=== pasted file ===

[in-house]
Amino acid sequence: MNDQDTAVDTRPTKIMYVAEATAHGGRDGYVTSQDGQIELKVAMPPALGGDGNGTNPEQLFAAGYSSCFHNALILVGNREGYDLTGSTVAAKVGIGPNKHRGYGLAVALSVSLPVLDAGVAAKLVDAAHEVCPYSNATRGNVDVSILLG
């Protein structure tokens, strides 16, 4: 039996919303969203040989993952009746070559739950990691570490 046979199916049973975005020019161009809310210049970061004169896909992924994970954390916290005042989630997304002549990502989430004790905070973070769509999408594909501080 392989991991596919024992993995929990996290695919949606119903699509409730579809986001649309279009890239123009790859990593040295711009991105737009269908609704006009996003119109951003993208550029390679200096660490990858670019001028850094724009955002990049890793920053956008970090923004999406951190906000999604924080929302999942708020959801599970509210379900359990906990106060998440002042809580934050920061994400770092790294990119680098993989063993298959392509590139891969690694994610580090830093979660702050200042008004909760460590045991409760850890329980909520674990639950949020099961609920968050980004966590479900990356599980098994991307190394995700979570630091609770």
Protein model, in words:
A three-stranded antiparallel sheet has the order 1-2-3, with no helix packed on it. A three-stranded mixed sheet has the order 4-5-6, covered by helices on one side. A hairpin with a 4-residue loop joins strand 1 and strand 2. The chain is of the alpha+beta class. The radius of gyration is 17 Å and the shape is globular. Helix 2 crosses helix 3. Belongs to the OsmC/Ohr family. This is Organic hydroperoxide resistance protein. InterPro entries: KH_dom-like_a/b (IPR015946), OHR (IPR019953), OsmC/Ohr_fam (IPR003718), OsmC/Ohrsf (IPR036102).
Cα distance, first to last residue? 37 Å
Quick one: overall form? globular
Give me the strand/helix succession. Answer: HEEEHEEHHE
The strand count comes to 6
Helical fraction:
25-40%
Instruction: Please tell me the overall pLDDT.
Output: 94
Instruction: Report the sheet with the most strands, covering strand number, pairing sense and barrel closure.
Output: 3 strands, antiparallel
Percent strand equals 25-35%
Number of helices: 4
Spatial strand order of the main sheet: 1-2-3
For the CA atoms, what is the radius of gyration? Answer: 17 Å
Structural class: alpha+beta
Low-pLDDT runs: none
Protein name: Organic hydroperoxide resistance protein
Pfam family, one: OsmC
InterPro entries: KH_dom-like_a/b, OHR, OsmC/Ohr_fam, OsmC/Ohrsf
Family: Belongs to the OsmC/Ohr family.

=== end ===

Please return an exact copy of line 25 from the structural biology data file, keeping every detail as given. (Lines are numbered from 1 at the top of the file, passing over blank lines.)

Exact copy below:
Family: Belongs to the OsmC/Ohr family.